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had made on the lands of Abbotsford; but on discover. ing that this intelligent operative, from whose converse he had enjoyed so much delight throughout the week, was a Baptist preacher on Sabbath, Scott never spoke with him more. Hugh Miller, in his “Scenes and Legends of the North of Scotland” (his first prose work), has not scrupled to present his readers with one of the finest illustrations of unostentatious Christian philanthropy, in the person of an humble Baptist shoemaker.

Burns did embody at once in his intuitions and ideas-very distinctly embody--the spirit of the age, in certain of its aspects; he had, indeed, an affection for the antique, but the dead past did not, as in the case of Scott, swallow up his sympathies for the living present. What, then, was necessary to complete his representative character? assuredly neither native force nor established and diffusive fame. The foremost man of all his time, after gauging his intellectual capacity, pronounced him fitted to excel in whatever walk of ambition he had chosen to exert his faculties. And in our day we are witnesses of what could scarcely have been predicted in his own, the voice that first rose in lowly cadence in that “auld clay biggin' by the banks o' bonny Doon," is now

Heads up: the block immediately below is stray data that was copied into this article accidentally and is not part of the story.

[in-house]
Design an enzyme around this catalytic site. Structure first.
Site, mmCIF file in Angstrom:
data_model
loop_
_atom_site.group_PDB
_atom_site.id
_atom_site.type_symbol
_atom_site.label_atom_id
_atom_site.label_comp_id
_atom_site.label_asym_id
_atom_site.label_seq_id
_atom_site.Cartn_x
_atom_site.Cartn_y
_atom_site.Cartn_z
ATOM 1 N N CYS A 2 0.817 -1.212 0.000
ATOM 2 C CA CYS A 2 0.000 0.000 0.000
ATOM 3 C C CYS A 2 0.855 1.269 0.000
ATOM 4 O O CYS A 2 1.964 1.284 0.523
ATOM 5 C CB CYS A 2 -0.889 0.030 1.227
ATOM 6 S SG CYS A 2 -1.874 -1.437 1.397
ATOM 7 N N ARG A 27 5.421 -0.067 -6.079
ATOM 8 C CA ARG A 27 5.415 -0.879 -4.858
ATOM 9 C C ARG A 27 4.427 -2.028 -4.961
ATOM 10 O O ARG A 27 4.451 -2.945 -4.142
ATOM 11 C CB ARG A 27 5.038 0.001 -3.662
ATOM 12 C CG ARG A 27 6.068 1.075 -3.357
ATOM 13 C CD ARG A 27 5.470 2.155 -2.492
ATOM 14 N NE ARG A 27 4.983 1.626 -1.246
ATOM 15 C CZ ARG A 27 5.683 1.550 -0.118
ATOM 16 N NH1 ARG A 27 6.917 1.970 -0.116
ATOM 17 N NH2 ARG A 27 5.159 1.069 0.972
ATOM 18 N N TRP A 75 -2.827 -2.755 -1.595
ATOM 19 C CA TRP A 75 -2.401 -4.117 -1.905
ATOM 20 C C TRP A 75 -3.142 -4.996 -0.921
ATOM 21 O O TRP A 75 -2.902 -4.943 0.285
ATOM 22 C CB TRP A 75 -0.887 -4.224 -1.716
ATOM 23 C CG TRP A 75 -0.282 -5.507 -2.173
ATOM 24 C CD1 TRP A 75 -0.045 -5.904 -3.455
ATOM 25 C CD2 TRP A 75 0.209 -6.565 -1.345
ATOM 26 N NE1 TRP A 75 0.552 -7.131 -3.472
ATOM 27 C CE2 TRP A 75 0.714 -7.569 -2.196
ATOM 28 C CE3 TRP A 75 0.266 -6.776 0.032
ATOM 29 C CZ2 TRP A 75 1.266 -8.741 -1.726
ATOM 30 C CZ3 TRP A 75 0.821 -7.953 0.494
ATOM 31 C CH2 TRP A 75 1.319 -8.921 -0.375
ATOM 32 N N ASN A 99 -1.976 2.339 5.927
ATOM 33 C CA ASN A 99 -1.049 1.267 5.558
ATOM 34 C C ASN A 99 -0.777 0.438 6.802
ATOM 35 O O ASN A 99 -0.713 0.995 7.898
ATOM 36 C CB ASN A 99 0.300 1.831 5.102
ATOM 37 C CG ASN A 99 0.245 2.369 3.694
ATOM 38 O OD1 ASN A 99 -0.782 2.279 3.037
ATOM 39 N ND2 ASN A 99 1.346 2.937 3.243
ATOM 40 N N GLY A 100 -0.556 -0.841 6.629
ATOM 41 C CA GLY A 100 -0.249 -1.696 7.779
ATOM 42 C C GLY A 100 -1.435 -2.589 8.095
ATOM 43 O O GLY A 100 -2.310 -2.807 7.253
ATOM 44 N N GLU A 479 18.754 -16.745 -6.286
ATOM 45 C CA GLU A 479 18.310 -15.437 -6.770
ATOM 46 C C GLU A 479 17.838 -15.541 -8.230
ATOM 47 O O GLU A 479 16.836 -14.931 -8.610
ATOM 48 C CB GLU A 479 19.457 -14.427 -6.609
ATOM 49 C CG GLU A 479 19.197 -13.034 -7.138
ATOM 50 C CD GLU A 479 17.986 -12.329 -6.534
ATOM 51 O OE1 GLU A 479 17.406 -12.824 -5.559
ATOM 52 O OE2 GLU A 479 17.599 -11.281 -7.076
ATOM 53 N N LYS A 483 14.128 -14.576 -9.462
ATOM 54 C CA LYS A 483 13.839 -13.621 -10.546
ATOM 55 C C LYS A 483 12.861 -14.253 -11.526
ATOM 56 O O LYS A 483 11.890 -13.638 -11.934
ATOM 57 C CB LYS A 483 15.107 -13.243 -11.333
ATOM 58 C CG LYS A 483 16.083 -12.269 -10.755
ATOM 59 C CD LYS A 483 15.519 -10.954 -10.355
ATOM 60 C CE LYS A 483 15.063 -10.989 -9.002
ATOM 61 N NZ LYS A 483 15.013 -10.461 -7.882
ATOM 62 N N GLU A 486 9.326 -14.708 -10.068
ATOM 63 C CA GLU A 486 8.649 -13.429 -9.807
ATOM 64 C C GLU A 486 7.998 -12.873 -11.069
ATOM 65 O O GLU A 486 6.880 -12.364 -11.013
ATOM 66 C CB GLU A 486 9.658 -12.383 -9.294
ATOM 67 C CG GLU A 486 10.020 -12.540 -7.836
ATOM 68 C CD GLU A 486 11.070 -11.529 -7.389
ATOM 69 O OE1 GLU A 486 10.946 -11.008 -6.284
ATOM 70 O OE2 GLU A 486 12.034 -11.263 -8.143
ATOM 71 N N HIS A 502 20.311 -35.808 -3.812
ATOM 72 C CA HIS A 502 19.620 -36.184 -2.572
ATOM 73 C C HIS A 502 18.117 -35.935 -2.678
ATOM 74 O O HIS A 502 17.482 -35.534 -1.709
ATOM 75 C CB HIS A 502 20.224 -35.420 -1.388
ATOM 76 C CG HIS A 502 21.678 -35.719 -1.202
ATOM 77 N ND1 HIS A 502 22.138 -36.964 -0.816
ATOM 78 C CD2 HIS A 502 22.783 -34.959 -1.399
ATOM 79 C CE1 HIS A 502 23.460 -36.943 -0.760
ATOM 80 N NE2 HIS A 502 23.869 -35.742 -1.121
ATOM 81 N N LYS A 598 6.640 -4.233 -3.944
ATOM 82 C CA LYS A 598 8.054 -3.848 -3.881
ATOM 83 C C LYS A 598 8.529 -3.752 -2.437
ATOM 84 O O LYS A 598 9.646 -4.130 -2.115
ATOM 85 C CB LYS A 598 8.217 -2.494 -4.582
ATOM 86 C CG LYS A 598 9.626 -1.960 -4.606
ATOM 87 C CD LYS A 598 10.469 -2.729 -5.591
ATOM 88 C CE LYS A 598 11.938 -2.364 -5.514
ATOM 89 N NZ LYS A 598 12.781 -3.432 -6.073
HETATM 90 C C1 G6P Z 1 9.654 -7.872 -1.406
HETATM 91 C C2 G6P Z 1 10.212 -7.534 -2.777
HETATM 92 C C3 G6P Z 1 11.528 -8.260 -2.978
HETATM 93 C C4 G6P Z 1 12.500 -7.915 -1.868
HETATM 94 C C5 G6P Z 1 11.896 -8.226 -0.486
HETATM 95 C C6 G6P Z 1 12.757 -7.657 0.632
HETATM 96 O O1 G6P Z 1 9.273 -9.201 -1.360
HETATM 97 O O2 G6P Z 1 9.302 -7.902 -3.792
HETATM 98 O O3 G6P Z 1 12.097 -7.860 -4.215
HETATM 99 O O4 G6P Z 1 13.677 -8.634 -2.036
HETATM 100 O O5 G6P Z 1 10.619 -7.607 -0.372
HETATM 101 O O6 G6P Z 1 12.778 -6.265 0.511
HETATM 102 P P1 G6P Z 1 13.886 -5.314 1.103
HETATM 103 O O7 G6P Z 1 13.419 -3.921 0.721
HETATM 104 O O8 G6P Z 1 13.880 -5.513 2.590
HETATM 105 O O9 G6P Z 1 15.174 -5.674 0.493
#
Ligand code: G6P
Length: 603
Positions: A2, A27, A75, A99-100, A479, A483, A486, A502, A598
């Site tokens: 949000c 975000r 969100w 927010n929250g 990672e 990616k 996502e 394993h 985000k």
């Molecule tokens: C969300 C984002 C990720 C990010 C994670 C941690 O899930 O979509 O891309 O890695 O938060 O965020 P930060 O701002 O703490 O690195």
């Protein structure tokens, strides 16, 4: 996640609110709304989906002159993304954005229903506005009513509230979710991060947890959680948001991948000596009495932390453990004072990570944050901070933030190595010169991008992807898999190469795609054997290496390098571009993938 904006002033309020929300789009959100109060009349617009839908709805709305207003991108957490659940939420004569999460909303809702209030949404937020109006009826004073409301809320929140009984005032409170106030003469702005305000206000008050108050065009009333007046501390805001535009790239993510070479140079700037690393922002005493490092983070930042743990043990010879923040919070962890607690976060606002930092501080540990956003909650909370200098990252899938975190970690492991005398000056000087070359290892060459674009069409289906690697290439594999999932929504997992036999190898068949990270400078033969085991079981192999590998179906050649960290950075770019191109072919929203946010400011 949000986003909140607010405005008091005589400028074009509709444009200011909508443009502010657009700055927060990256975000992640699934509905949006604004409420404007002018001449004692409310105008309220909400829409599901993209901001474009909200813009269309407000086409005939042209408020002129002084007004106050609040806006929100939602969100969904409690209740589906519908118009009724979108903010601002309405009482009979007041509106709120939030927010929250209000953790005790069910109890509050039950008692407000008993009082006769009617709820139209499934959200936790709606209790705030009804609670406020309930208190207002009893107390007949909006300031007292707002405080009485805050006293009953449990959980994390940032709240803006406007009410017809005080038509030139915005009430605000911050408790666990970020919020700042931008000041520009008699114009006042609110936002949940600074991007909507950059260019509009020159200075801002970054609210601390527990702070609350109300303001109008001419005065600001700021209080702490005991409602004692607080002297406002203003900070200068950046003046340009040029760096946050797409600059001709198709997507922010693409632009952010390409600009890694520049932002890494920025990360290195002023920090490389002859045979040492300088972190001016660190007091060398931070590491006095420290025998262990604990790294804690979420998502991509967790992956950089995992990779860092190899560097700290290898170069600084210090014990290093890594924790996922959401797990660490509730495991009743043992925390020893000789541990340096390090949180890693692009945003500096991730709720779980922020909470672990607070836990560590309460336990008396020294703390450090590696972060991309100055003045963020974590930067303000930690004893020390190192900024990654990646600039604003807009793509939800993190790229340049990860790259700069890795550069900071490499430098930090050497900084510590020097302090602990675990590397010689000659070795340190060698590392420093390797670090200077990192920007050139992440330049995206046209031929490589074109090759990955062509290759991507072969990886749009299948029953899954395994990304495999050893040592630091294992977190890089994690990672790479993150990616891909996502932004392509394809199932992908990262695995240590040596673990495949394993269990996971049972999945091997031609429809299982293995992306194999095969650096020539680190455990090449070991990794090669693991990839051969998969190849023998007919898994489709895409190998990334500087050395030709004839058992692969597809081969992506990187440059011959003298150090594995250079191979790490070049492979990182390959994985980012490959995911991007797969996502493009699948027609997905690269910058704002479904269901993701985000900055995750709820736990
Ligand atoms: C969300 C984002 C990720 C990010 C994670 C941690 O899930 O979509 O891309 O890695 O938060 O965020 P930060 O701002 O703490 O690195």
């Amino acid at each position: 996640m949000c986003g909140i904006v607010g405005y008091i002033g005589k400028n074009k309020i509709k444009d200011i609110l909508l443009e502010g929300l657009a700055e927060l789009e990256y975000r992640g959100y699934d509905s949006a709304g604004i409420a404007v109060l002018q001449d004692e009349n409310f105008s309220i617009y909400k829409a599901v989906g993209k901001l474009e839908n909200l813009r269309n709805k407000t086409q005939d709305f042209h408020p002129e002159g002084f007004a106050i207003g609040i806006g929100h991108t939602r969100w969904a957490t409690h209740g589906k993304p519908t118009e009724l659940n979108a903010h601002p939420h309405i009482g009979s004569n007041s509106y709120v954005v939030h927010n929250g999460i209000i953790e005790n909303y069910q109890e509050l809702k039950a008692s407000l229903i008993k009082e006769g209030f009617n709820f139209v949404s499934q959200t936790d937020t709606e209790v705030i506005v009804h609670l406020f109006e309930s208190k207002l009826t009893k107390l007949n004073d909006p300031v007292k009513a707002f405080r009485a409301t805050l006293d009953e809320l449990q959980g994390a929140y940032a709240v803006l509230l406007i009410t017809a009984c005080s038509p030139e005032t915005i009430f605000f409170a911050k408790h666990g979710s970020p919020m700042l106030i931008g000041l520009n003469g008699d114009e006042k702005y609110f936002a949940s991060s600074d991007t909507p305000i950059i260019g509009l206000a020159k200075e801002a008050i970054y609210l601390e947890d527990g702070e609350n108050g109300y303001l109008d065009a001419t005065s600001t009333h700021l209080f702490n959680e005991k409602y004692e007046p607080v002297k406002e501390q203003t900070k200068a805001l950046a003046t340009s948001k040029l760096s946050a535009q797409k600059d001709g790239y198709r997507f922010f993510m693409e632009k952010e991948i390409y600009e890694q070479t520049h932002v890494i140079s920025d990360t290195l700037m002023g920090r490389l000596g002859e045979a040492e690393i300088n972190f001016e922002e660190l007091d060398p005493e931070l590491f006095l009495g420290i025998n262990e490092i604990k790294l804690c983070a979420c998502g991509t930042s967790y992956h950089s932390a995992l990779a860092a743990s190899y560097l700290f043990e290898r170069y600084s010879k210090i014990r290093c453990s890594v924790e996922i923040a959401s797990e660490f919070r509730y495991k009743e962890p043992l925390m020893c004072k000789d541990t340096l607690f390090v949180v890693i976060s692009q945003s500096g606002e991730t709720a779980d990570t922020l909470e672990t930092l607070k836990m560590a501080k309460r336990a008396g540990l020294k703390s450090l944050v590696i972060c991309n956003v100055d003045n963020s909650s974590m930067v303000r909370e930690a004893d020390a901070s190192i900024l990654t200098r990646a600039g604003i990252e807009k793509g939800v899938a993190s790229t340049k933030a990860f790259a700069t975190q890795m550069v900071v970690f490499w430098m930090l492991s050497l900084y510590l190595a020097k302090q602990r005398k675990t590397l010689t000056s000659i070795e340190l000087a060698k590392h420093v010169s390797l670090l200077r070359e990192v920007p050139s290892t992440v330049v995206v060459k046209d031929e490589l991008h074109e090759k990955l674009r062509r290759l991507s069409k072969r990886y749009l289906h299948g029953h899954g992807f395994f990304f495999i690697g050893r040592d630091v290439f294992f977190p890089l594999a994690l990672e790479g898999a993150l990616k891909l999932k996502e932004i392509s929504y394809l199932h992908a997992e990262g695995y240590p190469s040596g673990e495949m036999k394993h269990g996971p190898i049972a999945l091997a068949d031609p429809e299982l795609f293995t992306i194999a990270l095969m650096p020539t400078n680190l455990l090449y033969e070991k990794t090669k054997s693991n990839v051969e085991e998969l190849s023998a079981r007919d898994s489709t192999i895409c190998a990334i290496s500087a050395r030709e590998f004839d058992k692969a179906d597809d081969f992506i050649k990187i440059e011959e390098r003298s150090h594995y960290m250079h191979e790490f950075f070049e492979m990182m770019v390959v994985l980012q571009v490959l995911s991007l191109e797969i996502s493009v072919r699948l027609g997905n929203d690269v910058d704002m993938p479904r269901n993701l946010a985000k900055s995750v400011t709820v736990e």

heard on every wave, and sounds on every sea." Yet, despite his superior endowments and preeminent fame, there is a fatal flaw in the character of Burns which prevents us assigning him the position we claim for Hugh Miller. We allude, as our readers will easily comprehend, to the discord between the poet and the man, which has always constituted the chief diffi. culty with the critics of our national bard. There is a point of view from which Burns appears altogether lovely; and there is a point from which he appears quite the opposite of attractive. As either of these phases of his character is dwelt upon too exclusively, we obtain a false, or at best, imperfect view of Burns as a whole. Few, indeed, of his biographers, have been able to hold the balance with that scrupulous exactness even-handed justice demands—extenuating nothing, nor yet setting down aught in malice. Certainly it is with no feeling of regret we have observed, the more attractive features of his character are the features on which writers in general have loved to linger. It is perhaps well that such should have been the case. Gloating over the errors of humanity or the aberrations of genius, displays no amiable feeling; and his must ever be a thankless task who seeks to break the spell by nature bound around the voiceless dead. Yet without gloating over, while in point of fact mourning, the errors of the bard, we cannot forget the jarring and the dissonance between his higher and his lower, his nobler and baser self. The powers of light and darkness seem to have been mated within him, and to have waged a terrible, and but too equal strife, during his entire earthly pilgrimage; now beckoning him to heaven, now bending him to earth; and alternately, as either principle waxed or waned, Burns is seen soaring into the region of the holiest sentiment, or sunk in the mire of an odious sensuality. Nor let it be supposed there is anything incongruous in all this. Man is neither an angel nor a demon; the wheat and the tares grow together in the soil of the human heart; and unless we shut our eyes to facts, there is no denying that black and polluting passions were often the tenants of the breast which poured forth the address to the mountain daisy, and that the bosom which heaved with emotions of the most touching tenderness and exquisite sensibility, was often set on fire of hell.